Casino History records these
craps winners and craps monster rolls.
I find that the greatest interest is usually monster rolls--rolls that last more than 20-30 minutes and make everyone at the table a bundle of money. I have had a good number of monster rolls, 50 numbers or more that last between 45 minutes and an hour. My greatest roll was 89 numbers before I sevened out.
The greatest roll of all time was turned in by the Captain in 2005 with
147 numbers before he sevened out. This roll took two hours and 18
minutes. The Captain has also had a 100 roll monster in 2004.
The longest roll in terms of
time was one Stanley Fujitake, the famous “Golden Arm” from Hawaii, who
rolled for over three hours, six minutes at the California Club in Las
Vegas in 1989. He rolled 118 numbers before he sevened out.
I personally witnessed two back-to-back hour-plus rolls at The Frontier
during the summer of 1995.
The table was composed of nothing but red-chip players, but after the two fellows finished two plus hours later, everyone was betting green, black and purple chips!
Atlantic City has had its share of great reported rolls.
The famous “Arm” of Atlantic City has had many 20 minute to one-hour rolls over the past two-dozen years, and that one special night, New Year's Eve at the Claridge Hotel, she had five or six 20-to-30-minute or longer rolls -- one after another -- because every other player passed up his or her turn to shoot and let the “Arm” roll the bones exclusively!
Literally hundreds of thousands, if not millions, were won by those high-rolling players in a single session.
Of course, there are famous
craps players as well; that is,
craps winners who are known for running
up big wins with small investments, not necessarily on their own
Because craps is a game with many long-shot bets, some paying as high as 30 to 1, a craps winner can catch a lucky streak and ride small buy-ins to big wins. It’s rare but it does happen.
For example, a character known as Fast Eddie, “an octogenarian jockey had, on four separate occasions, run $100 up to more than $250,000.” That ain’t hay!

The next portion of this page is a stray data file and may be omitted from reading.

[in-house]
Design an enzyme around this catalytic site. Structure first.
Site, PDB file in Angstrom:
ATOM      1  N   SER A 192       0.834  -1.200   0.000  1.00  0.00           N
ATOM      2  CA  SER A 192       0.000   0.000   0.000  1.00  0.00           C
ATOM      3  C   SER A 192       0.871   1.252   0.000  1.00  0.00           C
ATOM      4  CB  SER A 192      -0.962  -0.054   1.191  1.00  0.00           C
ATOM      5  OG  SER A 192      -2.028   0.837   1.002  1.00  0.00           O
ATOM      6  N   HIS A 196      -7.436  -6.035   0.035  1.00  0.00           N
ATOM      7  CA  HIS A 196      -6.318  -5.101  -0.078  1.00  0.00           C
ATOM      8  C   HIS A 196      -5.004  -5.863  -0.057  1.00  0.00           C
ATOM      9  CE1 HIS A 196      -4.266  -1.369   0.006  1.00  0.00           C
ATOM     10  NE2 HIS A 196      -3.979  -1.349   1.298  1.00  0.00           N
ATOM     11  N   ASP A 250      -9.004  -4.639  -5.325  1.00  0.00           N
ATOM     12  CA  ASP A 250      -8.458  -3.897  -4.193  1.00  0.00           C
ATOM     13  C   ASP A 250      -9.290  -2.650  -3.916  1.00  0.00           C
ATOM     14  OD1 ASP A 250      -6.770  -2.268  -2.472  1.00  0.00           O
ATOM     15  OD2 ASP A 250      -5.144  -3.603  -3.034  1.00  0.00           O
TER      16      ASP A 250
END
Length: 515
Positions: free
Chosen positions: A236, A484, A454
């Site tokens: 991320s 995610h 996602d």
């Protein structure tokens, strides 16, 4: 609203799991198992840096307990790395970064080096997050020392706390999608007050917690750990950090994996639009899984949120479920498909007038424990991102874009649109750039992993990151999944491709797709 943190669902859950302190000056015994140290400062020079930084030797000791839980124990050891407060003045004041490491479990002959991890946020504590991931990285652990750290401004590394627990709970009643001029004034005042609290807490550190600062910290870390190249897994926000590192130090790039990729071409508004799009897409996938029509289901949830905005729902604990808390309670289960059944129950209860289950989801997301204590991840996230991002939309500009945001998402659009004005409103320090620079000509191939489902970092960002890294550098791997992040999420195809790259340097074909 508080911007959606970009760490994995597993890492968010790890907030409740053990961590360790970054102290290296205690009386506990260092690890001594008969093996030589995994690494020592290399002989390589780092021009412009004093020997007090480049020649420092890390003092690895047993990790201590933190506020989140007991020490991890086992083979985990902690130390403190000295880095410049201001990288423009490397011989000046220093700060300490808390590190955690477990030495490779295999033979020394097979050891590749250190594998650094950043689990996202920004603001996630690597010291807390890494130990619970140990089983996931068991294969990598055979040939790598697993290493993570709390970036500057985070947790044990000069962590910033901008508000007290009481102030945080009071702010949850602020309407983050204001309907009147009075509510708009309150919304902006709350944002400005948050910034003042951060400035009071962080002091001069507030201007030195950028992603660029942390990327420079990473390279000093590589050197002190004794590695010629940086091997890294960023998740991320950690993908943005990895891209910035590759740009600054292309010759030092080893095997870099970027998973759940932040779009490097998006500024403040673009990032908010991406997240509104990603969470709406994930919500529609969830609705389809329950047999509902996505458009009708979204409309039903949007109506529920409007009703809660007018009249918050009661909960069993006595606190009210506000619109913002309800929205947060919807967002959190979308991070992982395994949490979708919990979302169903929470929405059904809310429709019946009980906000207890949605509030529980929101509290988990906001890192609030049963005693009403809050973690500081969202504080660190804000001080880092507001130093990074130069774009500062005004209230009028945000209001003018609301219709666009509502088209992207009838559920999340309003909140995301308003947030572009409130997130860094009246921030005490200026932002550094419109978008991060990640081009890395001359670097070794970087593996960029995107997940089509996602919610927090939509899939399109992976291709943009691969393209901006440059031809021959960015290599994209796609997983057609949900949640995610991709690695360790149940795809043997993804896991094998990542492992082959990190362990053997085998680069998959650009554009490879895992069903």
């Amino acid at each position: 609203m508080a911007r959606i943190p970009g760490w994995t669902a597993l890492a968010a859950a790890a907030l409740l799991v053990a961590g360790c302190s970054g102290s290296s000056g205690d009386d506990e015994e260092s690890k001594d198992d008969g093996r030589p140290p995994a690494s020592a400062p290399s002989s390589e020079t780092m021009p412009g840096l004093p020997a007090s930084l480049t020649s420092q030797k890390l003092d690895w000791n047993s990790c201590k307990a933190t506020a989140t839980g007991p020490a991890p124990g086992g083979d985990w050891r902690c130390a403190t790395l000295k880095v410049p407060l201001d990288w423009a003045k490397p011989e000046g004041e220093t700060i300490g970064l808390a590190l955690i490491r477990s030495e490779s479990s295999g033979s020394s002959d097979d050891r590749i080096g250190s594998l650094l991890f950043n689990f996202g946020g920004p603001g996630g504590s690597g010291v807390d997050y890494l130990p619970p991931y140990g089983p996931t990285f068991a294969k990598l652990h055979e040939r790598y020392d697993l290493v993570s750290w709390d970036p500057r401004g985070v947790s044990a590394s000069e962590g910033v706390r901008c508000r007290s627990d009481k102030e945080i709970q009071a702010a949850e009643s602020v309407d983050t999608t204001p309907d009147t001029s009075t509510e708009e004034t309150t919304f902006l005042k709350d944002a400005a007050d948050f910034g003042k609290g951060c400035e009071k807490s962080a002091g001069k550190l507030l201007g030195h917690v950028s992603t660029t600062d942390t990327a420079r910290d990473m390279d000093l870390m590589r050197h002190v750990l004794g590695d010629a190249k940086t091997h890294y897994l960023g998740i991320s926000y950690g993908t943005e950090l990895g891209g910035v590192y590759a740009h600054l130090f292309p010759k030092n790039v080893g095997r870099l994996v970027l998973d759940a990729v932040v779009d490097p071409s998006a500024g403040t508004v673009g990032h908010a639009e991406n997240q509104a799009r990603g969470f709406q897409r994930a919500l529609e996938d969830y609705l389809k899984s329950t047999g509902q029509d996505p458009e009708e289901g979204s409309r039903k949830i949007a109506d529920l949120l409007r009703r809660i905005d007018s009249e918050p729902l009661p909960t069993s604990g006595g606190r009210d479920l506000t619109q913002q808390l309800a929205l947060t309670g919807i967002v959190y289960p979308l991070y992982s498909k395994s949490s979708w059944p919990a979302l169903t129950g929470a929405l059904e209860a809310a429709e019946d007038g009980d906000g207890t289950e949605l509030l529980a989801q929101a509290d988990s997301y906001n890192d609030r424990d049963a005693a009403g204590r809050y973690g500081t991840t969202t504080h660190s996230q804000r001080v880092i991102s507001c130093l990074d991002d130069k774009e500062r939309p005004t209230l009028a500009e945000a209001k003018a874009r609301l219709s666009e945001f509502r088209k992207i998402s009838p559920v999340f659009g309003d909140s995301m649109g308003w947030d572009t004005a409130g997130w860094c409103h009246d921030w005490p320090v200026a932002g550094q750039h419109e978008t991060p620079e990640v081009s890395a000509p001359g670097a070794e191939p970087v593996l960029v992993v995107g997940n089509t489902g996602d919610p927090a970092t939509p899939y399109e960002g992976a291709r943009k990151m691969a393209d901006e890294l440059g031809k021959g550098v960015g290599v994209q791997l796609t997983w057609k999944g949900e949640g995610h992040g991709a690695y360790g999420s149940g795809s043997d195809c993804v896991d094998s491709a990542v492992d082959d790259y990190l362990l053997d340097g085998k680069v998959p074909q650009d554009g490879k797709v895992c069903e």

In early 1980s, the “suitcase man” arrived at Binions to make a big
bet. The story of the “suitcase man” has become another modern legend
of Las Vegas and it has lost nothing in the telling over a period of
almost 20 years. In fact, there are at least six different versions of
the story, the following being the most accurate.
William Lee Bergstrom from Austin, Texas decided to test the Binion claim that Binion would book any bet, no matter how large, as long as you make it your first.
Bergstrom arrived with a suitcase filled with $777,000 which he bet on the Don’t Pass line at craps. The shooter established a point of six and then sevened out two rolls later. Bergstrom took his original $777,000 and his win of $777,000 and departed.
However, Bergstrom couldn’t stay away for long. He came back and won a single $590,000 bet, then he came back some while later and won a $190,000 bet; then he appeared again and won $90,000. Finally, he came back to make his famous $1,000,000 bet (circa 1984) -- which he lost.
To conclude this Learn to Play Craps lesson, a modern legend and craps winner extraordinaire is none other than the Captain, the man who has beaten craps since 1978.
The Captain, like the “million dollar bum,” is thought by some to be a myth. But the Captain is real, and what he has done is just as real, as a handful of casino executives know; but because craps is a negative-expectation game, what the Captain has done whets the desires of craps players worldwide that perhaps someday they can be in his shoes.
Craps Winners is followed by Craps Terms
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